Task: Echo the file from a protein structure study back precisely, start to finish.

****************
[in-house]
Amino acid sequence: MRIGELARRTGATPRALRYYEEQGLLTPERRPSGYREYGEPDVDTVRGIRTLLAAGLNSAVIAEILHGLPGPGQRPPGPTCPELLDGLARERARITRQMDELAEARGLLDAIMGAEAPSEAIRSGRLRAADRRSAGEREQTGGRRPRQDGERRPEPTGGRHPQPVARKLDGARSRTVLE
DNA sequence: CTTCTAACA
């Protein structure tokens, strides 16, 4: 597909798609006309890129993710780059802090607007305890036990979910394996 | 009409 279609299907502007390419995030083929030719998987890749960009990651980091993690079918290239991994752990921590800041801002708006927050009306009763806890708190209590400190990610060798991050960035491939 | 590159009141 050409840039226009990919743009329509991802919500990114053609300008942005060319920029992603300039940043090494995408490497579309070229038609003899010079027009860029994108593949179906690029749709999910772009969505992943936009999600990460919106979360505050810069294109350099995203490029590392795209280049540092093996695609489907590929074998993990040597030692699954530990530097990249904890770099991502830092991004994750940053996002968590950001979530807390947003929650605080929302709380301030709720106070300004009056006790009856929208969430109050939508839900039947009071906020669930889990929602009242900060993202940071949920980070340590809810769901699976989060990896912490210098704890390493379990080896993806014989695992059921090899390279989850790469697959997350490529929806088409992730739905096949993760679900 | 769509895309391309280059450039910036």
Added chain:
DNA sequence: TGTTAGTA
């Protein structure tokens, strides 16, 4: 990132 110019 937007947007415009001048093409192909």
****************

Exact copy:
[in-house]
Amino acid sequence: MRIGELARRTGATPRALRYYEEQGLLTPERRPSGYREYGEPDVDTVRGIRTLLAAGLNSAVIAEILHGLPGPGQRPPGPTCPELLDGLARERARITRQMDELAEARGLLDAIMGAEAPSEAIRSGRLRAADRRSAGEREQTGGRRPRQDGERRPEPTGGRHPQPVARKLDGARSRTVLE
DNA sequence: CTTCTAACA
């Protein structure tokens, strides 16, 4: 597909798609006309890129993710780059802090607007305890036990979910394996 | 009409 279609299907502007390419995030083929030719998987890749960009990651980091993690079918290239991994752990921590800041801002708006927050009306009763806890708190209590400190990610060798991050960035491939 | 590159009141 050409840039226009990919743009329509991802919500990114053609300008942005060319920029992603300039940043090494995408490497579309070229038609003899010079027009860029994108593949179906690029749709999910772009969505992943936009999600990460919106979360505050810069294109350099995203490029590392795209280049540092093996695609489907590929074998993990040597030692699954530990530097990249904890770099991502830092991004994750940053996002968590950001979530807390947003929650605080929302709380301030709720106070300004009056006790009856929208969430109050939508839900039947009071906020669930889990929602009242900060993202940071949920980070340590809810769901699976989060990896912490210098704890390493379990080896993806014989695992059921090899390279989850790469697959997350490529929806088409992730739905096949993760679900 | 769509895309391309280059450039910036």
Added chain:
DNA sequence: TGTTAGTA
């Protein structure tokens, strides 16, 4: 990132 110019 937007947007415009001048093409192909």